2. look at the above chart. it explains why water is used to mitigate radiation at nuke power plants. it also explains the danger of being located near one if there is damage to it, and why the water MUST stay circulating(cooled) to prevent it from boiling away and exposing the radioactive fuel. the circulation is done with pumps that run on DC power supplied by a generator which requires diesel FUEL!! most nuke plants only store enough diesel fuel on site for 90 days and it has to be brought in by trucks, boats, or rail. which also require fuel…

  3. In regard to the 7:10 rule, how does one best determine the amount of rads in the area? Is there a way to predict, and then plan for, the amount of rads one could expect to be exposed to based on their location?

    Thank you!

  4. Seaweed Soup “Miso” for Radiation Poisoning/Cancer – Traditionally, miso soup begins with a broth called “dashi,” made by soaking seaweed such as kombu in water and cooking with bonito flakes (flakes of dried fermented fish).

    The late Dr. Akizuki, a medical doctor in Nagasaki at the time of the atomic bombing, survived and served to help the injured. He observed that these survivors had a common diet practice, which was a traditional Japanese diet enriched with Miso. Dr. Akizuki unfortunately passed away in 2005, but I was able to interview Mrs. Akizuki, as well as other atomic bomb survivors, a total of 30 people, in Hiroshima and Nagasaki, in Japan in the summer of 2006. Utilizing the interview data, this study examine atomic bomb survivors’ dietary history for the purpose of qualitatively discussing the relationship between traditional Japanese food enriched with Miso and their health conditions after exposure to the atomic bomb.

    Dr. Akizuki began to work as Director of the Department of Internal Medicine at Urakami Daiihchi Hospital (later St. Francis Hospital) and instituted a strict diet of traditional Japanese food that was based on brown rice, miso and tamari soy soup, seaweed, and sea salt. He also prohibited the patients from consuming sugar and sweets. This diet was served to the patients and staff of the hospital twice everyday. It was during this time that the Nagasaki atomic bomb was dropped. The hospital was located approximately 1.4 km away from the hypocenter; therefore, most of the people in the hospital were exposed to the atomic bomb blast directly or indirectly. If they were inside the building, the radiation exposure was indirect, while those outside were most likely directly exposed to the blast and died immediately. Mrs. Akizuki stated that immediately after the bombing, she went outside of the hospital and saw a boy’s dead body, whose brain had exploded. He must have been directly hit by the atomic bomb blast.

    Fortunately, Dr. Akizuki survived even though he was only 1.4 km away from the
    epicenter of the explosion. However, many people within that same range suffered from serious
    health problems such as cataracts, leukemia and other cancers, and premature aging. Within a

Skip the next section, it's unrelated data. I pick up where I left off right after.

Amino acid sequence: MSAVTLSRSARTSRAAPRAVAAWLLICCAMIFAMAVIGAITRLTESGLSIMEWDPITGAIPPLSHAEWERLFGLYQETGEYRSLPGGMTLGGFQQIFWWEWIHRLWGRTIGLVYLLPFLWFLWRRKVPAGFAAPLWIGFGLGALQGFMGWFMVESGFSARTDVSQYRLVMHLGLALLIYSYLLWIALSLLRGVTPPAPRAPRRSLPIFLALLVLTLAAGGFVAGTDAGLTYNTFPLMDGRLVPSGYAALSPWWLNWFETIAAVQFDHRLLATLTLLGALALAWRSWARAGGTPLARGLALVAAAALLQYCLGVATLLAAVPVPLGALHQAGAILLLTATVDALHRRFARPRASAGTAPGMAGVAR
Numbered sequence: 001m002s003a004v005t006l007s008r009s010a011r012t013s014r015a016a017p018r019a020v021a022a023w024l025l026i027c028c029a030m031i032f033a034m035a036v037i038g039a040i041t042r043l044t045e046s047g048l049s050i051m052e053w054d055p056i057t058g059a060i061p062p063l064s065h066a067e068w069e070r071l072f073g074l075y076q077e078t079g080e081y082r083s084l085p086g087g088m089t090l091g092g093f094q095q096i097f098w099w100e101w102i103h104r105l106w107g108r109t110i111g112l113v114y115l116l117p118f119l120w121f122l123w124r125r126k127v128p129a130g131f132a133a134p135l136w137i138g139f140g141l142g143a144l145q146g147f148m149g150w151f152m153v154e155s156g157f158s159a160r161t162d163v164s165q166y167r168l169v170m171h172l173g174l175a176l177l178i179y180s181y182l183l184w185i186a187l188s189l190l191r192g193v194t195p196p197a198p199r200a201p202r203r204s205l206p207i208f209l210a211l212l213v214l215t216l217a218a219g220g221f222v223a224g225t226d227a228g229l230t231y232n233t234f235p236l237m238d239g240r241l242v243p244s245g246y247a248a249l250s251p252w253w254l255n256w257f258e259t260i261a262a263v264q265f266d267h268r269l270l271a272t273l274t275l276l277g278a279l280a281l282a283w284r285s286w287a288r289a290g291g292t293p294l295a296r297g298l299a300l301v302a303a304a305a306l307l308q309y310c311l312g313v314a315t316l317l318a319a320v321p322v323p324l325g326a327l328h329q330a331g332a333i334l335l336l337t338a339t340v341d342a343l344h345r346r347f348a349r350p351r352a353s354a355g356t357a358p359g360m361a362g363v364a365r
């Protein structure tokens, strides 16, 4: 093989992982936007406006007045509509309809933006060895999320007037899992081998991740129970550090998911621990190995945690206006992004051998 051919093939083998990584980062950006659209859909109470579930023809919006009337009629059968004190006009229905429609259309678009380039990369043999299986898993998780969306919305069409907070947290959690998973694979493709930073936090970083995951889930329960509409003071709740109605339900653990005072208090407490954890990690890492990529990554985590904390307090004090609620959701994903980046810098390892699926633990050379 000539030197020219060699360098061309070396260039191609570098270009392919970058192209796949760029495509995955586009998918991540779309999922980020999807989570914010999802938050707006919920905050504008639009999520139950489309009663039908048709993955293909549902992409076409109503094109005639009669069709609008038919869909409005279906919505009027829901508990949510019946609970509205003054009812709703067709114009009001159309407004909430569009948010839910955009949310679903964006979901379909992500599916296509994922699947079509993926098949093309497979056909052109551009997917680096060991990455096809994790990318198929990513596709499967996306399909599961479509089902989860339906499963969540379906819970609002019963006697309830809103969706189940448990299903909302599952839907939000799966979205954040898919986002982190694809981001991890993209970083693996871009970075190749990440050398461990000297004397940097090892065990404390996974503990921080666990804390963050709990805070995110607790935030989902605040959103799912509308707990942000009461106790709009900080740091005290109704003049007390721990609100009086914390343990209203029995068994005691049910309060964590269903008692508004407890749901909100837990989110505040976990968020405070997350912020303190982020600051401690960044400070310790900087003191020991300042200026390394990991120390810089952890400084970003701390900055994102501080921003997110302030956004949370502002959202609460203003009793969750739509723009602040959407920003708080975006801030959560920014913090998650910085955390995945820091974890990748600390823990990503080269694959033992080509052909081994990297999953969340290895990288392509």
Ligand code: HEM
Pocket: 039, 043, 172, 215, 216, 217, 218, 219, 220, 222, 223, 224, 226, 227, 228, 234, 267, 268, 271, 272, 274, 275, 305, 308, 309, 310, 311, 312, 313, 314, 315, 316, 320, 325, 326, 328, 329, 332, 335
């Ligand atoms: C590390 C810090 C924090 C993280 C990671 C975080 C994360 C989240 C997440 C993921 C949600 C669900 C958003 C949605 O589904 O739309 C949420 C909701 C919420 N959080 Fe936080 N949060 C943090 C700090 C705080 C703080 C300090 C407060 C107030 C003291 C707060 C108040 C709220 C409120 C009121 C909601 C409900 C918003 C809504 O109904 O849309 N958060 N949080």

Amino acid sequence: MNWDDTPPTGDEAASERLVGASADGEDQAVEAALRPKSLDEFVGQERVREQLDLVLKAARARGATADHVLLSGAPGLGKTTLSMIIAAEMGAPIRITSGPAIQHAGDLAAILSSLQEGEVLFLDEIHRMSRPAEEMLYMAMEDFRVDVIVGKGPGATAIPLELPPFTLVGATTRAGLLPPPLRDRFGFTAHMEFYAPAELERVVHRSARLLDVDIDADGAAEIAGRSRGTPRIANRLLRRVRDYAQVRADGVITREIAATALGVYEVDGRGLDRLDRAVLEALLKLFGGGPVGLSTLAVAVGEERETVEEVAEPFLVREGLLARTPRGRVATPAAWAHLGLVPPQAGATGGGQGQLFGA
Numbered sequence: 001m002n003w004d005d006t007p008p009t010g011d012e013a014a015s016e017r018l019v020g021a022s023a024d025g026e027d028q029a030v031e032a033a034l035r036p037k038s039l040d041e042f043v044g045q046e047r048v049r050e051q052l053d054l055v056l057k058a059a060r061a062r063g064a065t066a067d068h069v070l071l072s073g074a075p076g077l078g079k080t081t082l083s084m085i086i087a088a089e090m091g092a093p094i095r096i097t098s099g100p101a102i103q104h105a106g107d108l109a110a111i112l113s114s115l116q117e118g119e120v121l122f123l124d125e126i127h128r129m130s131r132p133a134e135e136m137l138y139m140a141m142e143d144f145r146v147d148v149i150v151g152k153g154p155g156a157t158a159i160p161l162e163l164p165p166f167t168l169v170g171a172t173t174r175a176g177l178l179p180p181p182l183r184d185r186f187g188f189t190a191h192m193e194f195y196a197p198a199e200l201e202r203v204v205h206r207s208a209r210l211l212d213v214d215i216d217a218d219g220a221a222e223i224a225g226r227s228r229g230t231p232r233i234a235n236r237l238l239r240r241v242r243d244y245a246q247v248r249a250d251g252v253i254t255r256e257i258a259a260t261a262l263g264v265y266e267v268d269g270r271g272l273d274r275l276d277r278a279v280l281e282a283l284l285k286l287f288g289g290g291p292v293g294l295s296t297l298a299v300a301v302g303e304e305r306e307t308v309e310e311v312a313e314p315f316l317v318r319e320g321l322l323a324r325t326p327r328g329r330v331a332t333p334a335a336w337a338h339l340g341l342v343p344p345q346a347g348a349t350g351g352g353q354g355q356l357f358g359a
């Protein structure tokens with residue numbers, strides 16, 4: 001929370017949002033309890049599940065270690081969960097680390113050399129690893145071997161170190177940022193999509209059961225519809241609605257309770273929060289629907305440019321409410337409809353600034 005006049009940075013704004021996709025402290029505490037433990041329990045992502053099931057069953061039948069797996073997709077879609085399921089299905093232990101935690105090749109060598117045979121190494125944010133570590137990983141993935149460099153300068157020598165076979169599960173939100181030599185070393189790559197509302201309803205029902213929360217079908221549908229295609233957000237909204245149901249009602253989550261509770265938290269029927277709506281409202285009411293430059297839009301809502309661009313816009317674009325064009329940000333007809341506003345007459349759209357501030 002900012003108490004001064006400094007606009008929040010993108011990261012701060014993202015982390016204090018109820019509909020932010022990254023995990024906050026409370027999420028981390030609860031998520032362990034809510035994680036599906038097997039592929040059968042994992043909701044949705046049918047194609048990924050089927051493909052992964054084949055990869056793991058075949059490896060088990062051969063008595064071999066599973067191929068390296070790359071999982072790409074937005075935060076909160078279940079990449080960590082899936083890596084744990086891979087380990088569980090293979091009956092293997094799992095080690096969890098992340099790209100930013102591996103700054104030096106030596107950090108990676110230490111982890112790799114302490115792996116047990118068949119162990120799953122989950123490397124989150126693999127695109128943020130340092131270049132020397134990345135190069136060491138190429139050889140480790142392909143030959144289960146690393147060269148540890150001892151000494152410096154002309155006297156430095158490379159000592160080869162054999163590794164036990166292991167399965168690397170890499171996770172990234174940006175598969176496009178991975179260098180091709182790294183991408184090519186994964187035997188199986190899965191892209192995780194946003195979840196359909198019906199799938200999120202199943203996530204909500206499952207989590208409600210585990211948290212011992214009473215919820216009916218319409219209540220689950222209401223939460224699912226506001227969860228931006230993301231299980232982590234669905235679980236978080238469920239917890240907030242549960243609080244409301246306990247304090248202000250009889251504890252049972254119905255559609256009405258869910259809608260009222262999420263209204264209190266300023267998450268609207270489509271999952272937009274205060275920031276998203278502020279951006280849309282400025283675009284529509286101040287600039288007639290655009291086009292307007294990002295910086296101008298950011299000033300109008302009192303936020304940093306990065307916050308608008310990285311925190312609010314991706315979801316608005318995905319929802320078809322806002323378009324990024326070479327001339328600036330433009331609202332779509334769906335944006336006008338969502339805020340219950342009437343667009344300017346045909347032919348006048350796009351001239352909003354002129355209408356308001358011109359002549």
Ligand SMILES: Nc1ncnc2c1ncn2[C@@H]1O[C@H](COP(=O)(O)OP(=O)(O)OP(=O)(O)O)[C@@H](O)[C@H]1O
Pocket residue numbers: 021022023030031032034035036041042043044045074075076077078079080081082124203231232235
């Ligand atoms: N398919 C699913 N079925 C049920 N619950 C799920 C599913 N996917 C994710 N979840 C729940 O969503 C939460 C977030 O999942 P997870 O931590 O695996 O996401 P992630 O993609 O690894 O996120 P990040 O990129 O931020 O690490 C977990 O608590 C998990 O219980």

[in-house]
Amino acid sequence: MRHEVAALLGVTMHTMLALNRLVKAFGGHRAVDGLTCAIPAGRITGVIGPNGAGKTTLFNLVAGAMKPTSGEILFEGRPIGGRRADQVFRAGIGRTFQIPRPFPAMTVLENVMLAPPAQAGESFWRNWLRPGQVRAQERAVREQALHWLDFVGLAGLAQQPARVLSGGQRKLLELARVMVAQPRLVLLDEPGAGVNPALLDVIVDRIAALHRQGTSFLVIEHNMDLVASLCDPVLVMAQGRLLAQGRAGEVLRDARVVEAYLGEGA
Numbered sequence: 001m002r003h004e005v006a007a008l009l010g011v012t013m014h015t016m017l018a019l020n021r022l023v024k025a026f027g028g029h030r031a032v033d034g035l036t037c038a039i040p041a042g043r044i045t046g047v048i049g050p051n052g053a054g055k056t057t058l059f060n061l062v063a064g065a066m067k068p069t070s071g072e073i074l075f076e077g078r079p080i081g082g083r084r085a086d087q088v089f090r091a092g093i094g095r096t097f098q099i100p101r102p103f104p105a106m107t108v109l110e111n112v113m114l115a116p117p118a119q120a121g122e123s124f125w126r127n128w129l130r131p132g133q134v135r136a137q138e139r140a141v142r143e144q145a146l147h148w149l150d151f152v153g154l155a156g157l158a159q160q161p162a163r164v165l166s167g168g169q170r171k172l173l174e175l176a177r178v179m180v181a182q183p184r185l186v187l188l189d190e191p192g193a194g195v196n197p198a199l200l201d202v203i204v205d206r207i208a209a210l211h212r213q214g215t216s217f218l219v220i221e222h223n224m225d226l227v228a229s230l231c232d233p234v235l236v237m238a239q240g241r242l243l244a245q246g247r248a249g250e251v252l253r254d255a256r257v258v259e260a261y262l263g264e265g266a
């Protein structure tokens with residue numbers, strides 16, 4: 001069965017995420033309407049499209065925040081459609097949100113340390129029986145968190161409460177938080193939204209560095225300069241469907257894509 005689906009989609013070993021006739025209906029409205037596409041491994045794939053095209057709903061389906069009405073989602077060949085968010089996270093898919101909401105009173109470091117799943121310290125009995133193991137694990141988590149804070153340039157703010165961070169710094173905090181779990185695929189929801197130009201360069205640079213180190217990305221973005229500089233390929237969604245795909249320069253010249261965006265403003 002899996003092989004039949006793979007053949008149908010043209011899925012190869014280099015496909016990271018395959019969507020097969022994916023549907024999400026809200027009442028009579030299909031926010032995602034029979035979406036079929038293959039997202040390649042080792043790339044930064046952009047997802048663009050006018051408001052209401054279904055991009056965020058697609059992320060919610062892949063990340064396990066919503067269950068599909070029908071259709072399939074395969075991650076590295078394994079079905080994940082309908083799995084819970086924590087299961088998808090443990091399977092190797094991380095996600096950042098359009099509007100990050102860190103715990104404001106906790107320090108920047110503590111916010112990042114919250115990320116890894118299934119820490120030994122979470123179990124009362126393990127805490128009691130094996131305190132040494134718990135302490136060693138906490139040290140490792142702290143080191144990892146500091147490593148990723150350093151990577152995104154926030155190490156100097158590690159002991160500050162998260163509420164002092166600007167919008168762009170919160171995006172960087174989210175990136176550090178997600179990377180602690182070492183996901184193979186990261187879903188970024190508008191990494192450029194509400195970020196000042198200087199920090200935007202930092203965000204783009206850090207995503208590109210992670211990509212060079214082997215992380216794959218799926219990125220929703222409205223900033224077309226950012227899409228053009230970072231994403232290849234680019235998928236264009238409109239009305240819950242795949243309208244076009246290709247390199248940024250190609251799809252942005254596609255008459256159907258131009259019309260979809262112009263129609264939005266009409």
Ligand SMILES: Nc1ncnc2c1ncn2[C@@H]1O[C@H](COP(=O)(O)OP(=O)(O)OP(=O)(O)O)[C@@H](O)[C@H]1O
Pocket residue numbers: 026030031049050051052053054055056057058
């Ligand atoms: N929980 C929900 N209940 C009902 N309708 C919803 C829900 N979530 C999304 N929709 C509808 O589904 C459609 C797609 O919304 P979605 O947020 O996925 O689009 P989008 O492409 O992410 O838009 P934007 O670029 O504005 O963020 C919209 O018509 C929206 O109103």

few months of the nuclear explosions, the number of incidences of leukemia skyrocketed among
    the survivors, as did cancer rates soon after. Dr. Akizuki wrote his memoir book, “The
    Concentric of Death,” and mentioned in it the names of 31 people including patients and staff
    who had eaten the hospital food. Out of the 31 people in the book, 9 people are still alive. In the
    summer of 2006, I interviewed 7 of the survivors. The fact that about one third of the people who
    ate the hospital food are still alive after 60 years is in itself amazing, considering all of them
    excepting one had been exposed closely to the atomic bomb.

    Dr. Akizuki’s claims regarding his beliefs about the traditional Japanese diet enriched with
    miso were published in his books (Akizuki 1981 & 1975).

    (see website https://www.yufoundation.org/pdfs/furo.pdf)

    Seaweed medical use dates to at least 5,000 years ago in ancient China, where the emperor ShenNung
    listed seaweed as a medicine in his classic pharmacopeia, the Pen Ts’ao [4]. Seaweeds have been used in traditional Chinese medicine to treat goiter, scrofula, swelling and pain of testes, and edema.
    Additionally, some seaweed species have also been used in modern Chinese medicine to treat arteriosclerosis, skin diseases, high blood pressure, hepatosplenomegaly, neurosis, angina pectoris, acute esophagitis, and chronic bronchitis. Marine algae belong to one of two groups: microalgae or macroalgae (seaweeds). Macroalgae are plant-like organisms. They are classified according to their
    pigmentation into green (chlorophytes), red (rhodophytes) and brown (phaeophytes) macroalgae.

    Known for their richness in polysaccharides, minerals and certain vitamins, seaweeds also contain other bioactive substances, such as proteins, lipids and polyphenols. These chemicals possess potential
    foruse in treating cancer, oxidative stress, inflammation, allergy, diabetes, thrombosis, obesity, lipidemia, hypertensive and other degenerative diseases. This review provides an overview of seaweed in vitro and in vivo investigations, and it summarizes our own research on seaweed components and their anticancer activity. Additionally, seaweed RCTs and quasi-experiments directed toward cancer therapy and prevention are discussed.

    A significant reduction in the cancer development was observed in mice and rats after cancer cells had been implanted. Similar effects were observed in several other cancer animal models, including leukemia and breast cancer. The phenomenon was attributed to the stimulation of both innate and specific immunity. Isolated fucoidans from brown algae have also been shown to possess broad immunomodulating effects. In human studies, fucoidan has been shown to stimulate the enzyme granzyme A, which is believed to induce cytokine production in a variety of cells. This observation may partially explain the mechanism of fucoidan immunomodulation. In another human study involving fucoidan ingestion, low serum levels of fucoidans coincided with the presence of stromal cell-derived factor 1 and increased chemokine receptor CXCR4-expressing hematopoietic stem cells and chemokine IFN-γ.

    Source: https://journals.sagepub.com/doi/pdf/10.1177/1934578X1300801237